It is spring, but the Walking Man barely seems to notice. His tri-colored down jacket is still tightly zipped up to his chin, the North Face watch cap pulled snugly down around his ears. No scarf or gloves, and Nikes instead of boots, but he still shivers as the wind from the north cuts into him. Most of the snow has melted, but in shady areas, a thin layer of permafrost remains.
An "I Voted Today" sticker is pasted onto the Walking Man's jacket. Although the temperature is still Chicago Bear Weather cold, the calendar says it is mid-March. It is the first day of the coming spring season, and the last day of the bitterly fought, overly-spent, primary season.
The little dog is once trotting at his side. The pup seems keenly aware of the impending spring. He sniffs along the ground than raises his snout to the sky, inhaling all the scents that are just beginning to awake from hibernation. He arrived here in the dull drab winter, but now, despite the cold, the sun is shining and his terrier instincts tell him better times are ahead.
If the dog is more sprightly, he also seems better behaved. He responds to simple commands, sitting at intersections, then resuming at heel. He no longer barks or lunges at the other dogs out for their afternoon jaunts. Perhaps he has been to the neighborhood obedience school, hour-long sessions in a dingy gymnasium, following in line behind retrievers and doodles and Dobermans, as they learn their basic manners, learn how to socialize with other dogs.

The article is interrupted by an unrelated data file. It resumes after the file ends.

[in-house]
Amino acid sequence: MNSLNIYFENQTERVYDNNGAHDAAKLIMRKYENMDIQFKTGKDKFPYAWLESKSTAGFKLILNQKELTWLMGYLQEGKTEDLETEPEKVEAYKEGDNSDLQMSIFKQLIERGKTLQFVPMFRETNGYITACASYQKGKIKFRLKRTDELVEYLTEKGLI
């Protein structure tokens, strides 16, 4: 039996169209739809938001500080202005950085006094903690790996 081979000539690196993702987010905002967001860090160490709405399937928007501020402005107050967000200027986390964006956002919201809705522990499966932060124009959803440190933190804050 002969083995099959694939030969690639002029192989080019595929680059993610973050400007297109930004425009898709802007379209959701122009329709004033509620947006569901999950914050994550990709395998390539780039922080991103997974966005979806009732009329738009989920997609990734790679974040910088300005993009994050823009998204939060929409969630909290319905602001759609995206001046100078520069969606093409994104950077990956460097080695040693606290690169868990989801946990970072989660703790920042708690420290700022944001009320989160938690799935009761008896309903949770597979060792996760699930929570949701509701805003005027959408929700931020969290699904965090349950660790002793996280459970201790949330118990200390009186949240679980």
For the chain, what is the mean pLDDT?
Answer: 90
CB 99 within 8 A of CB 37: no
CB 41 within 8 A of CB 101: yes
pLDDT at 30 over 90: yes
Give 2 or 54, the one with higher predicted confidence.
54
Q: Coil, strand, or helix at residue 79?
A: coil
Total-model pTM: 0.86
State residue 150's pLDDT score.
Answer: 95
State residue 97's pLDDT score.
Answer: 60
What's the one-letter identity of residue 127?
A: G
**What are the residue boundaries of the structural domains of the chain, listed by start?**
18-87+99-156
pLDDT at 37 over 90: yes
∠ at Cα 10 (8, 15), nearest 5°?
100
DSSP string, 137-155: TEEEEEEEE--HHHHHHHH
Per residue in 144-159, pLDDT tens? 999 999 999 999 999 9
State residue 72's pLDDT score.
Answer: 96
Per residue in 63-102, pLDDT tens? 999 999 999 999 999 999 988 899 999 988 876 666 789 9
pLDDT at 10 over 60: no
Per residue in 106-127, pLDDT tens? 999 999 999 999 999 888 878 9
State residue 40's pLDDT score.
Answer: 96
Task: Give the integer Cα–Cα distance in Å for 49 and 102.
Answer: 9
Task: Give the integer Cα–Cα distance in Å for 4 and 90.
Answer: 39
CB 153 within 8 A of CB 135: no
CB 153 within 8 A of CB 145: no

The Walking Man and his little companion pause for a moment at the pond, settling on the bench as the Canadian Geese strut and honk around them. He notices that the feeder and nesting dock have been returned to the waterfront. Soon the swans will be delivered to their summer home, doing their limited best to keep the geese from feeling too much at ease. With the swans will come cygnets, and the Walking Man wonders if this year more than one or two baby swans will survive.
Man and pup step inside as the last dawdling dog walkers in the neighborhood yield the streets to the commuters driving home at the end of their workday. It has been a cold walk, but in their bones they know, spring is here.
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